Review: Girl Rating 88%

Review: Girl

As I said in my review of The Wild Boys, some films come with an in-built plot-spoiler. In the case of Girl, while the brochure blurb gave away the transgender theme, the first scenes had something of Virginia Woolf’s Orlando about them. That opening sentence that says ‘He – for there could be no doubt of his sex…’ rang through my mind as I pondered over which gender was transitioning to which.

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Review: Wild Rose Rating 85%

Review: Wild Rose

It is an irritating fact of life that people who are very talented at one thing tend to be talented at everything they do. Jessie Buckley is one of those people. Plucked from obscurity as a teenager in Ireland, she found herself on a talent show performing musical theatre for Andrew Lloyd-Webber. Within a few years she had done Sondheim in the West End, War and Peace for the BBC, Shakespeare at The Globe and, in Taboo, stolen all her scenes with Tom Hardy. Now, with Wild Rose, Buckley not only acts and sings, she reveals she can also do comedy. And a convincing Glasgow accent.

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Review: Steel Country Rating 67%

Review: Steel Country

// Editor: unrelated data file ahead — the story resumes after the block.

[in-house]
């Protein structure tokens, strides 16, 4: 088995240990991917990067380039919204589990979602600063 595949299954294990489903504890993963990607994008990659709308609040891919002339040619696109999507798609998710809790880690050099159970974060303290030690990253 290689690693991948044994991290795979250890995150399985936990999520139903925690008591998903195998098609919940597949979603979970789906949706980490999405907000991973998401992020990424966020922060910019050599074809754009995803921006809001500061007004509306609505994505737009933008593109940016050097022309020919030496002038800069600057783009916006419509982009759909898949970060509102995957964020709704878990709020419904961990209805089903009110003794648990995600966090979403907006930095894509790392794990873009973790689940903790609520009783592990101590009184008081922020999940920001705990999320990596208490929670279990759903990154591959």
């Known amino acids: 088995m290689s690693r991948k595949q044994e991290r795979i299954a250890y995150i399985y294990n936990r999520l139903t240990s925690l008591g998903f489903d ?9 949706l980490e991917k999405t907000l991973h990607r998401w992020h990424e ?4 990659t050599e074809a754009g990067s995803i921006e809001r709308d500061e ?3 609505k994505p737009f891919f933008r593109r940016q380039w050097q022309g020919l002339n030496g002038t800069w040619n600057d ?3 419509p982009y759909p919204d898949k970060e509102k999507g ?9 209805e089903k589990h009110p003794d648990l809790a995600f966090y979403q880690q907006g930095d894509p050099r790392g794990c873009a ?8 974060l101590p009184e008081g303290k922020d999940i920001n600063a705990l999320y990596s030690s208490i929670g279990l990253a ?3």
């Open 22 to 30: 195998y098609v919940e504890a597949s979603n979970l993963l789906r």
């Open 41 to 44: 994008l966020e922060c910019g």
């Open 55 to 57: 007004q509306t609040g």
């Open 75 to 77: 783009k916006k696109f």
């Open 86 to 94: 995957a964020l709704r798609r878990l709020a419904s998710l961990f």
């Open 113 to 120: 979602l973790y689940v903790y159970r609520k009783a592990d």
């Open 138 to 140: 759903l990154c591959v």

Steel Country is the new feature from Simon Fellows starring Sherlock’s Andrew Scott as a local sanitation truck driver, Donald, who plays detective, obsessing with an investigation after a young boy’s body is found in a backward town in Trump’s backwater USA. With solid performances from both Scott and Bronagh Waugh, who plays Donny’s sanitation side-kick, Donna Reutzel, there is potential with this feature, a clear depiction of the isolation and remoteness of these kind of towns in the US.

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Morven Masterton: Our festival line-ups are always a dynamic fusion of music

Lights, camera, music! Doc’n Roll, the UK’s Documentary Music Festival, kicks off its Scottish debut in Edinburgh’s Cameo Picturehouse from 25th to 28th April with six acclaimed films about music. From jazz giants and Seventies punk heroines, Doc’n Roll Scotland promises to entertain music lovers and documentary aficionados alike with Scottish-debut screenings and Q&As with directors, artists and music experts. Morven Masterton, director of the festival, spoke with The Fountain about we can expect from Doc’n’Roll and her personal picks.

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Review: Hippodrome Silent Film Festival 2019 Rating 83%

Review: Hippodrome Silent Film Festival 2019

The only film festival in Scotland to celebrate silent film and live music was back yet again for another eventful weekend of frolics, and I was fortunate enough to make it to the last day of activity, which included a triple bill of Laurel & Hardy classics, a perfume workshop and a screening of a 1928 Moulin Rouge, accompanied by a full live band.

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Review: Everybody Knows Rating 79%

Review: Everybody Knows